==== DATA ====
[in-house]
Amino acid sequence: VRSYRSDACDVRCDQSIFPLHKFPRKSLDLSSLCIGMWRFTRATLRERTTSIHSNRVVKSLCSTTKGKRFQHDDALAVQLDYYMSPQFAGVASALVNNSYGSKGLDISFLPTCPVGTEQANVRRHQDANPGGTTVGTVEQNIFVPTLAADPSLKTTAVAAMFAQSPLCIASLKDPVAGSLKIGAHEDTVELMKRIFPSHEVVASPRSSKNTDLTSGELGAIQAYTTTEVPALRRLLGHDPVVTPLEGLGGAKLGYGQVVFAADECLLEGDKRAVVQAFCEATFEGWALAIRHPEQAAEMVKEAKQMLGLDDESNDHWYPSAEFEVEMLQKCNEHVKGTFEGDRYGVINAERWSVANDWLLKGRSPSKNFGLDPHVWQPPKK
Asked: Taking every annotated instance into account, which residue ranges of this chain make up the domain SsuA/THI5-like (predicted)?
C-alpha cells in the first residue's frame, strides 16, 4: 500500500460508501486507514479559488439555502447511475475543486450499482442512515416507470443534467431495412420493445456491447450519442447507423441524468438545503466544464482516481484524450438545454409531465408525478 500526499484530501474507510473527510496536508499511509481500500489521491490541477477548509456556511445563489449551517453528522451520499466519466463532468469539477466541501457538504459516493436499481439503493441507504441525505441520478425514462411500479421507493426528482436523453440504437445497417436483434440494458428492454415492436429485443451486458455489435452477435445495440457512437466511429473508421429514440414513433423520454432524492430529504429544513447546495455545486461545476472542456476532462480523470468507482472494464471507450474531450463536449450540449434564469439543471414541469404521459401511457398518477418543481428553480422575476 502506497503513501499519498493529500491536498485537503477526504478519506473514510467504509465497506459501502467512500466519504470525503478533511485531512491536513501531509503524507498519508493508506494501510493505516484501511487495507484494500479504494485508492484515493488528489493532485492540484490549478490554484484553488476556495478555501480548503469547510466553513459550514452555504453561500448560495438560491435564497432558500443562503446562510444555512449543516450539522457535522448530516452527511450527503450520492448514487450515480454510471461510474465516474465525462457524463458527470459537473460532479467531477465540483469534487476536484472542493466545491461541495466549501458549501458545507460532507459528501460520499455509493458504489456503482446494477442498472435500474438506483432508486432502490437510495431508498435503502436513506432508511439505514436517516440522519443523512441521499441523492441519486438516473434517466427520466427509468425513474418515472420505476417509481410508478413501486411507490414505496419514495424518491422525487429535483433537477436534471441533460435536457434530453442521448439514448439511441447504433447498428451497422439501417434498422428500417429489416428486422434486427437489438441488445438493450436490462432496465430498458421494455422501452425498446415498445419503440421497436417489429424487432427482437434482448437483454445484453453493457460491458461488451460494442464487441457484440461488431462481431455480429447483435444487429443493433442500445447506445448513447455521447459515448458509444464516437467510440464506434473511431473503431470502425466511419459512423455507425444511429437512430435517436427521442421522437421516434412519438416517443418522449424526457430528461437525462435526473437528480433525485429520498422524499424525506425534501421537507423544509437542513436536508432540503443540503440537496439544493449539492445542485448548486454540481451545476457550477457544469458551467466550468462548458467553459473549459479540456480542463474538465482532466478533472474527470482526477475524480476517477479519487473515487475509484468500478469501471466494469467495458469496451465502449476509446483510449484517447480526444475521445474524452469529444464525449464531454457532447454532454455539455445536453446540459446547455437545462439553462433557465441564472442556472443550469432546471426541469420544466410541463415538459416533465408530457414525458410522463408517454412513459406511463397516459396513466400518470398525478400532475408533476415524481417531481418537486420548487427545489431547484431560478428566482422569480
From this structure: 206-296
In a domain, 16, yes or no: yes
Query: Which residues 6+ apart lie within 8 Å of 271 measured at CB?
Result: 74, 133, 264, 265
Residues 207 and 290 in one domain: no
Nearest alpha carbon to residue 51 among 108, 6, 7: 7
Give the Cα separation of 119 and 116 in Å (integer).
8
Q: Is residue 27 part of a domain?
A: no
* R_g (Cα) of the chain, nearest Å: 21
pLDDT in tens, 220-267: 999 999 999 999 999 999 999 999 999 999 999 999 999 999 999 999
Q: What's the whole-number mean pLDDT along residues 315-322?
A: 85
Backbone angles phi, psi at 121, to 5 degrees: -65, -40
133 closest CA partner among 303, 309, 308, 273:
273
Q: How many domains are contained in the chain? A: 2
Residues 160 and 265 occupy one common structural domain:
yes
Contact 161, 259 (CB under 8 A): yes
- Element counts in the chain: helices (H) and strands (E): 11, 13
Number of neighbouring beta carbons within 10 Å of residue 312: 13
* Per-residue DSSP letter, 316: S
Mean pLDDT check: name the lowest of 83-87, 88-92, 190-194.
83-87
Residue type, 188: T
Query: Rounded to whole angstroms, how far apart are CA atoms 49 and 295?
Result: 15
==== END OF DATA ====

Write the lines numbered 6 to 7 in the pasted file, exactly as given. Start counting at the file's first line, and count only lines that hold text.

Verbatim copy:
In a domain, 16, yes or no: yes
Query: Which residues 6+ apart lie within 8 Å of 271 measured at CB?